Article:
THE MORTAL INSTRUMENTS: CITY OF BONES
When Clary witnesses a trio of Shadowhunters -- Jace Wayland and Alec and Isabelle Lightwood -- apparently kill a young man in a nightclub, it is the first time she gets a glimpse of what is happening in the Shadow World. She is as frightened and confused by the fact that she seems to be the only who can see them as she is by what she has seen.
"Jace, Alec and Isabelle are actually battling a demon," says Collins. "And they're quintessentially beautiful beings, fantastical people that seem a little unreal. The fact that she sees them, though, is a complete surprise to them as well as her, because she's supposedly a mundane."
Casting Jace was one of the tougher tasks the filmmakers took on, according to Carmody. "As written, he is incredibly handsome and extremely intelligent. Jace is wise beyond his years, because he's been killing demons for a very long time. He has a sardonic point of view about what he does, because he sees that he is protecting these humans from the stupid things they get themselves involved in. He's noble, but not that noble."
Millions of fans had very specific ideas about Jace, who is closely connected to Clary in a variety of ways throughout the six books. "We needed someone really special," says Kulzer. "We were lucky because Lily wanted to be involved in the casting and make sure they had real chemistry. We brought in Jamie Campbell Bower because he has a slightly ethereal, but still very dangerous, quality that we thought would be perfect. When he first read with Lily, no exaggeration, sparks were flying."
"The character of Jace is vibrant, endearing, mysterious and very cocky," says Collins. "You like him and you feel for him as well. He's not afraid to show insecurity. Jamie brought all of that to the table. He did all of his own stunts with a smile and was so genuinely proud of his work."
The character is cocky, agrees Bower, but with real justification. "He knows that his late father was a great Shadowhunter," says the actor. "And Jace is very good at what he does. He also knows women are drawn to him. But that cockiness is dangerous because it leads him to take too many chances."
Bower, whose previous credits include Caius in the Twilight Saga and the lead role of King Arthur in "Camelot," the epic television adaptation of the classic Arthurian legend, points out that Jace's vulnerability is always just under the surface. "He has a facade that is very strong. He appears to be the archetypal warrior, but he's still a boy. I enjoy his bluntness, which he uses to conceal his vulnerability. He's very sarcastic and hides behind his humor, particularly to deflect a situation that becomes awkward or hurtful to him."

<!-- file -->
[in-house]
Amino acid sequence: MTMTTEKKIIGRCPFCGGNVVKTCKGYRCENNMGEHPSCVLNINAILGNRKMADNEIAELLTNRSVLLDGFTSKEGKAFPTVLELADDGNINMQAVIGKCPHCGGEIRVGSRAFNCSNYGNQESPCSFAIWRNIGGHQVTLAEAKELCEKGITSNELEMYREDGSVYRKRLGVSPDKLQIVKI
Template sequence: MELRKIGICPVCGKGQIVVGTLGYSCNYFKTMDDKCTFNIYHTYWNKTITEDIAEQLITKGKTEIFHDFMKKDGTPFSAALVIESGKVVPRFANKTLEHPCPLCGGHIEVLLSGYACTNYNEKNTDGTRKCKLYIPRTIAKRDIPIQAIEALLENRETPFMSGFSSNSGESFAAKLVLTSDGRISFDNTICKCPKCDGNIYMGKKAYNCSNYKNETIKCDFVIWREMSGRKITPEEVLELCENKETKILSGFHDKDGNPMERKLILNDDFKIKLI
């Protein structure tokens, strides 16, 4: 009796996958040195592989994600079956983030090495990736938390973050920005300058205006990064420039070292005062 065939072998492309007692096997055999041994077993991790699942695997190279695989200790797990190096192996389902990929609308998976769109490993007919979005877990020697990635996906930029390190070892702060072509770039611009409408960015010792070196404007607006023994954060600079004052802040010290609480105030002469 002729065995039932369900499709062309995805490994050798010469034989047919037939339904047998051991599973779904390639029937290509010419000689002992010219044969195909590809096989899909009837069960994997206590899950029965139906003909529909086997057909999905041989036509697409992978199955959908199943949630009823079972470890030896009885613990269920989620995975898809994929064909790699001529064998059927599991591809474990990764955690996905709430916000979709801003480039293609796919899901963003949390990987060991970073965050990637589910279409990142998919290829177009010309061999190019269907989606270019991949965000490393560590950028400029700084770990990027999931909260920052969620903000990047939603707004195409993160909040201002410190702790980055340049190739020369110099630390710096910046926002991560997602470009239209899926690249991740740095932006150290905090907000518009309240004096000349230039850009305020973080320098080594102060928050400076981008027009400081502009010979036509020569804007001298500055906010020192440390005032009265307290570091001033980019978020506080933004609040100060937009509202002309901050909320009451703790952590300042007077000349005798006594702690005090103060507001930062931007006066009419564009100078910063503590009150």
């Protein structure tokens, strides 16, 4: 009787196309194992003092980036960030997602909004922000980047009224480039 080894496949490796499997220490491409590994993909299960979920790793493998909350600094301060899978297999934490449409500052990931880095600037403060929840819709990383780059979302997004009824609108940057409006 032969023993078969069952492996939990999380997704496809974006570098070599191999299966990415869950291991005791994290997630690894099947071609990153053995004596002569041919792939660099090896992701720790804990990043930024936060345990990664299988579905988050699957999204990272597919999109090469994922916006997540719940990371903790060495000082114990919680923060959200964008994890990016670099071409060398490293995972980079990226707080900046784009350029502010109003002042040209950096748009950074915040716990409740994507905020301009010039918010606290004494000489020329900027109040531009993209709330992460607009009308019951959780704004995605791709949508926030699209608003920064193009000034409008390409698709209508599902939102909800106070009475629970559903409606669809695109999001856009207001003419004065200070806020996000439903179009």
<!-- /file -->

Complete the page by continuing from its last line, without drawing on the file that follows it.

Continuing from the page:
"Jace is drawn to Clary by a kind of strength he's never seen in anyone else," he says. "Plus, she's smoking hot, which doesn't hurt. He's destined to fall in love with her. The fact that he initially believes her to be a mundane cements his fascination in a strange way. When he discovers she isn't one, that becomes even more intriguing."
That love story is what drew Bower to the script in the first place. "Of course I love the world of demons and Downworlders, but it's also touchingly real," he says. "I think that's what audiences want to see as well. I'm very proud to have been a part of it and honored to have been given the opportunity to work on a book that is loved by so many."
Once the filmmakers had Collins and Bower in place, they began to build the rest of the extensive ensemble. "The most important thing was to find really great actors," says Zwart. " It's a movie where you can get carried away in the special effects and the fantasy of it, but unless the actors are just superb, it just wouldn't work. For example, we really worked at taking the fantastical elements from the book and grounding them in reality to make the performances accessible and believable for the audience."
Jace may have been immediately fascinated by Clary, but his companions, brother and sister Alec and Isabelle Lightwood, are not as taken with the unusual young woman. Fearing she has a hidden and possibly evil agenda, they view her as a potential threat, but Jace impulsively brings her into their world.
"Isabelle has to be beautiful and have a strong physicality," says Kulzer. " Jemima West has an aristocratic air that is perfect for the character."
While West had not read the novels, the script itself was enough reason for her to get involved. "It was an incredibly cool story," she says. "And I knew they had great actors like Lily and Jamie attached. After I was offered the part, I read all the books and was completely captivated.
"When we did our first read-through as a cast, I was blown away by the rest of the actors," she continues. "Everyone was very focused on doing their best. When you have actors who are working hard and enjoying themselves, it can't get much better."